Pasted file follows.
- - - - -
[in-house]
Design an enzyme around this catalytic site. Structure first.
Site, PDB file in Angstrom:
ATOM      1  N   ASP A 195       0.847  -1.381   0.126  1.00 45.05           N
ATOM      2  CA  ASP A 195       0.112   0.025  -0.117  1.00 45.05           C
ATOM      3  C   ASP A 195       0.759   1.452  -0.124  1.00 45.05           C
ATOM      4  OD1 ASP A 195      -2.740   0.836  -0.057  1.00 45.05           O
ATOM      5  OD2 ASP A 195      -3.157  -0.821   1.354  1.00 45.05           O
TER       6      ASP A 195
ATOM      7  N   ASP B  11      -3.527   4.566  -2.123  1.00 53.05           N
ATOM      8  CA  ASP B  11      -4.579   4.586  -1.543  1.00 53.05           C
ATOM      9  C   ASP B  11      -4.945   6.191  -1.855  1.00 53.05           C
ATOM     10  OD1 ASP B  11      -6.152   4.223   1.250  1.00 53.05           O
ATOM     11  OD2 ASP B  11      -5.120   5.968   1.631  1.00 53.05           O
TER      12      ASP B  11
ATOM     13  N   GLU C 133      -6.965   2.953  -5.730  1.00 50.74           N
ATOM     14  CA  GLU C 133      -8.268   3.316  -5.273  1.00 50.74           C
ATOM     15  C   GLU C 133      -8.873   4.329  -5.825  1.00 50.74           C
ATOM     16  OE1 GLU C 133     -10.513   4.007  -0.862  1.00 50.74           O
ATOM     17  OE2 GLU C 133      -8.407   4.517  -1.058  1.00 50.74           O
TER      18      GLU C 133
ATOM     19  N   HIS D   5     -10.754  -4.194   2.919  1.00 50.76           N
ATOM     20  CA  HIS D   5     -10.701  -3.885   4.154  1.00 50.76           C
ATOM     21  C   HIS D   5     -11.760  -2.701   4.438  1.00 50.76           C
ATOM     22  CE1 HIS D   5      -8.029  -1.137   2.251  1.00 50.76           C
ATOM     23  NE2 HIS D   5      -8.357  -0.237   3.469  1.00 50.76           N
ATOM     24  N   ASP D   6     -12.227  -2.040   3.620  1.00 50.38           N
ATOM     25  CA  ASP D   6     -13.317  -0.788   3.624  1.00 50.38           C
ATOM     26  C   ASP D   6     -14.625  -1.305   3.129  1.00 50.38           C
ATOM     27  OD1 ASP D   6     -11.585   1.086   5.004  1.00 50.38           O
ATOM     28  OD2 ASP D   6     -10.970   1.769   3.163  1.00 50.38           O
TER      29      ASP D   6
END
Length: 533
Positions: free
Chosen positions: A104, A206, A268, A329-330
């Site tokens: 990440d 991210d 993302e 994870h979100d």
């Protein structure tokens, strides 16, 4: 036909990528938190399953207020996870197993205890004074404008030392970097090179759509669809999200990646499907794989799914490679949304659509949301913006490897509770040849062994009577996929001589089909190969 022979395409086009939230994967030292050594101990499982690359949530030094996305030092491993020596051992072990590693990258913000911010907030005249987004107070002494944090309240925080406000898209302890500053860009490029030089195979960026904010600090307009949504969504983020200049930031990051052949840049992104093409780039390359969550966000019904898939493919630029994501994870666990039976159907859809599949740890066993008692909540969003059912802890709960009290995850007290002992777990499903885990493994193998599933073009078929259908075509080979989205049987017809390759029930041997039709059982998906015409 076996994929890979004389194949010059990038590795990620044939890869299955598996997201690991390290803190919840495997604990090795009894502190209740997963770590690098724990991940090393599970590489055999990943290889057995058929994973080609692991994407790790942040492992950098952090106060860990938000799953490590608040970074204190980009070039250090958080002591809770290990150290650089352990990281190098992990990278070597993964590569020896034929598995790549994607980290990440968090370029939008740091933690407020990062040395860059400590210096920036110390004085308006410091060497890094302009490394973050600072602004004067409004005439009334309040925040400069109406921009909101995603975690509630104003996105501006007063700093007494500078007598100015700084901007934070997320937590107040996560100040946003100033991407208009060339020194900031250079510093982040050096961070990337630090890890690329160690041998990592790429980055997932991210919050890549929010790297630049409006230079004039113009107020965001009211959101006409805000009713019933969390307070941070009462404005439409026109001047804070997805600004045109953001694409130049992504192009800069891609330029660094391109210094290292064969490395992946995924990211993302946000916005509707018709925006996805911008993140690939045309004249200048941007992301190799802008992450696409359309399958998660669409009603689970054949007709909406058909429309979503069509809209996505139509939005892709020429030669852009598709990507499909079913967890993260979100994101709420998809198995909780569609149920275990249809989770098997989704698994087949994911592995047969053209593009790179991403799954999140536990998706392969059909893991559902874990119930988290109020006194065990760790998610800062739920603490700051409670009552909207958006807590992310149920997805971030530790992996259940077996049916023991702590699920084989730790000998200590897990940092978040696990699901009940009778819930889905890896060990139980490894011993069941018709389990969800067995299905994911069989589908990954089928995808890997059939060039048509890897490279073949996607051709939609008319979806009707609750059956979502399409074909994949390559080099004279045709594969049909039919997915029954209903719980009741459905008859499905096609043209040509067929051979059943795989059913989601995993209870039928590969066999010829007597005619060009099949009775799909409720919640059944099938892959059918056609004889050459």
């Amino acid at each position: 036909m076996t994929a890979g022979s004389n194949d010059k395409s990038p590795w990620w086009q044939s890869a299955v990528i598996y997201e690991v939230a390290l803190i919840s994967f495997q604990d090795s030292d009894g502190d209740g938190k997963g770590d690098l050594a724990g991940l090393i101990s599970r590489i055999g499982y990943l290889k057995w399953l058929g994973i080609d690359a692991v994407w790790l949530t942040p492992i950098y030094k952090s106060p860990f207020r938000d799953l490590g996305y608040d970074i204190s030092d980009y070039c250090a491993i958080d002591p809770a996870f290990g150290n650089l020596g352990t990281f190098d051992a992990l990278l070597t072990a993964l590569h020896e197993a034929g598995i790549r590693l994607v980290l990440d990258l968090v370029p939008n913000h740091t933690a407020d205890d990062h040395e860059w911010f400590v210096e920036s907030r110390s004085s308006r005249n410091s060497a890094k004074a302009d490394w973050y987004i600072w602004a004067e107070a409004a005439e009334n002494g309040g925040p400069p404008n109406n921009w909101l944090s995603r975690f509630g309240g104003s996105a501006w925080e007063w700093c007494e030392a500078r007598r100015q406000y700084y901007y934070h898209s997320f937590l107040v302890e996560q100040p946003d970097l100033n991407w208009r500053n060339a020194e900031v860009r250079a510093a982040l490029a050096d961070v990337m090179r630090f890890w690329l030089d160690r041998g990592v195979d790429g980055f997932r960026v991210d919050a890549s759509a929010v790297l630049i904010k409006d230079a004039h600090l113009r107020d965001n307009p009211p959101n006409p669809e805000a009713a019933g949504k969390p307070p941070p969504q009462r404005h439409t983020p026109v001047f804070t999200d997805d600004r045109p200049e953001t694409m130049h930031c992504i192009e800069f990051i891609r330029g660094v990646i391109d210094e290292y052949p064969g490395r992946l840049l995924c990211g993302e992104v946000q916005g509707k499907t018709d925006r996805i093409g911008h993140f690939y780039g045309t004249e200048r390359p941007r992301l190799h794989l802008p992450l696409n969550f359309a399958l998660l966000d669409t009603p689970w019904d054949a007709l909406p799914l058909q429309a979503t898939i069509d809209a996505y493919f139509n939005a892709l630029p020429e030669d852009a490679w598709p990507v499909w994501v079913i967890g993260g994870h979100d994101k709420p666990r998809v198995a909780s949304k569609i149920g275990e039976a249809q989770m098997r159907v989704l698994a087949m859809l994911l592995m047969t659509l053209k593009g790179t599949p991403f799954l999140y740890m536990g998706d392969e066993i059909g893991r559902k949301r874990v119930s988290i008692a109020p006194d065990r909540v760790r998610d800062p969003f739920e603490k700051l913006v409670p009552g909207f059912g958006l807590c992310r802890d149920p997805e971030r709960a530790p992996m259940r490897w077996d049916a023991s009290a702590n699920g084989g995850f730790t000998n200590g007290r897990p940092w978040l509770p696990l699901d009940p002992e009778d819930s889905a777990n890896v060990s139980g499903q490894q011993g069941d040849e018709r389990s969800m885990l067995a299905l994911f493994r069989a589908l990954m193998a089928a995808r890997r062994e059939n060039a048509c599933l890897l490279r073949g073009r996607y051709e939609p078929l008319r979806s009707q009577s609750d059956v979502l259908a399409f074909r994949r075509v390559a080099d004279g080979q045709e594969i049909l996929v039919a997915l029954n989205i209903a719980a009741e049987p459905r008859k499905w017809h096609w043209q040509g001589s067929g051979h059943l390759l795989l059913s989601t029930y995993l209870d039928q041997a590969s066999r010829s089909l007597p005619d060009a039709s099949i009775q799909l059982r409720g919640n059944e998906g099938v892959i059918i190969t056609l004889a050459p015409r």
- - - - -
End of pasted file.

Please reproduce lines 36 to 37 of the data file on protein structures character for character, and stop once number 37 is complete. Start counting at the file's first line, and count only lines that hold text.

Chosen positions: A104, A206, A268, A329-330
């Site tokens: 990440d 991210d 993302e 994870h979100d």